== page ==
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Sol LeWitt: Structures 1965-2006

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Sol LeWitt: Structures 1965-2006

About the Exhibition

Sol LeWitt (1928 – 2007, b. Hartford, CT) was one of America’s most inventive, prolific, and influential artists. He created significant bodies of work in two and three dimensions, including drawings, photographs, prints, and sculptures (known as “structures”). An originator of minimal and conceptual art in the 1960s, LeWitt helped to transform the artistic thinking of both his contemporaries and subsequent generations of artists. In his radical approach to how art could be made, the artist’s subjective decision-making was only one aspect of the creative process. His art typically took shape in relation to something existing outside of his imagination – such as a geometric progression or a series of variations. In this way, LeWitt created works of art that could not have been conceived through traditional approaches to composition. As the artist famously wrote in 1967, “The idea becomes a machine that makes the art.”

This outdoor retrospective of structures, the first of its kind, charts the development of LeWitt’s work from the early white geometric cubes through to the late, multicolored organic forms. Over more than forty years, LeWitt’s creative method proved surprisingly open-ended, allowing him to continually experiment with new ideas and materials. This exhibition is intended to generate dialogues not limited by the classifications of art history and the museum, juxtaposing LeWitt’s structures with both natural and architectural forms in the city that helped to inspire his art.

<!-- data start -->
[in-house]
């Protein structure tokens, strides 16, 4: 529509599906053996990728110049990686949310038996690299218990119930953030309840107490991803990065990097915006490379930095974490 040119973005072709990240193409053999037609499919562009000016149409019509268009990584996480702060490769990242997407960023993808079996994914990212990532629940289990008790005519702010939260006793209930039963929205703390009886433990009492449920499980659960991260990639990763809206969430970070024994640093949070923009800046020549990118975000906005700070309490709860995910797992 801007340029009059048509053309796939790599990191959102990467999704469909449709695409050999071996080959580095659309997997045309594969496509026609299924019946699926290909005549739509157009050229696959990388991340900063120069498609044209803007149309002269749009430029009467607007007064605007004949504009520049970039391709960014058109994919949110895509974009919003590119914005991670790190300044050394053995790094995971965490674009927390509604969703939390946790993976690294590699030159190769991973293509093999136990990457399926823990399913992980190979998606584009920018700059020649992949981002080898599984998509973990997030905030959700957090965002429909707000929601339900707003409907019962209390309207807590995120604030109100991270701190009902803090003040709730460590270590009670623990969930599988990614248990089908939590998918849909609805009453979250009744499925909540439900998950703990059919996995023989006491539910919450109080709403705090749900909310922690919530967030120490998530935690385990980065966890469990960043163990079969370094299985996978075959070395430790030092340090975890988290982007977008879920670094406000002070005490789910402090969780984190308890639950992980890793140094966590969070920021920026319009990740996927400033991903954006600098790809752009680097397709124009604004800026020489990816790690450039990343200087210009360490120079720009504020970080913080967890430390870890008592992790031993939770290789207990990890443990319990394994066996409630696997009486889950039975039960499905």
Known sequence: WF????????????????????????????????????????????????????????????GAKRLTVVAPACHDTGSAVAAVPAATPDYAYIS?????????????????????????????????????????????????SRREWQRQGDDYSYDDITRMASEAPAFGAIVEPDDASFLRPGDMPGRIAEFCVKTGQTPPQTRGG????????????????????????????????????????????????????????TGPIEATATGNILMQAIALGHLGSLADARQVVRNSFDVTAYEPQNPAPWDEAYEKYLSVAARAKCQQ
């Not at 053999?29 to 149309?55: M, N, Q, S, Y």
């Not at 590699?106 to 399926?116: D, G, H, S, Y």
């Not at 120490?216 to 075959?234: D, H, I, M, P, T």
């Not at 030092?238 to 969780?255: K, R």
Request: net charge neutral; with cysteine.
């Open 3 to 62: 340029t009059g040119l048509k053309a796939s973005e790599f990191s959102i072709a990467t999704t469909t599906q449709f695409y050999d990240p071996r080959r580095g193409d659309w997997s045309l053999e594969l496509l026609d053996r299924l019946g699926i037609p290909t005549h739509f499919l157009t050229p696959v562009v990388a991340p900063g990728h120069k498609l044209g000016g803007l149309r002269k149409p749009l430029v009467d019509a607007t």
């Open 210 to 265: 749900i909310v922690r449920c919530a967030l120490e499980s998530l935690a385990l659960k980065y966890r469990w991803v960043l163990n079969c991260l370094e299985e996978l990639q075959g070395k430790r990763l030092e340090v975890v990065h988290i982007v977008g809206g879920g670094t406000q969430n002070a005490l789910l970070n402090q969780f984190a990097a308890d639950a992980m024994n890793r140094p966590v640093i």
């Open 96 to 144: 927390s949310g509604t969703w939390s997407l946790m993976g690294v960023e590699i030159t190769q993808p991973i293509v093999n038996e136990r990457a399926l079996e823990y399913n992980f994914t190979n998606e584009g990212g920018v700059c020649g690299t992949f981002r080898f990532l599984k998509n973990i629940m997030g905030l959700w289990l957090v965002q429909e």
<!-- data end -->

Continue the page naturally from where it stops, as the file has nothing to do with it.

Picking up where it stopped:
This exhibition is curated by Nicholas Baume.

Sol LeWitt: Structures, 1965 - 2006 is made possible by Forest City Ratner Companies, Agnes Gund, Jonathan Sobel and Marcia Dunn Foundation, The Pace Gallery, Tishman Construction Corporation, David Wine & Michael P. MacElhenny, and anonymous donors.

Major support provided by Elise & Andrew Brownstein, Mickey Cartin, Virginia Dwan, Gladstone Gallery, James Cohan Gallery, Naomi Milgrom Kaldor & John Kaldor, Kraus Family Foundation, Jo Carole & Ronald S. Lauder, Ellen & George Needham, Paula Cooper Gallery, Linda & Andrew Safran, and an anonymous donor.

Additional funding provided by James Keith Brown & Eric Diefenbach, Gabriella De Ferrari, Fifth Floor Foundation, Steven Henry & Philip Shneidman, The Joelson Foundation, and David Teiger.

Location

City Hall Park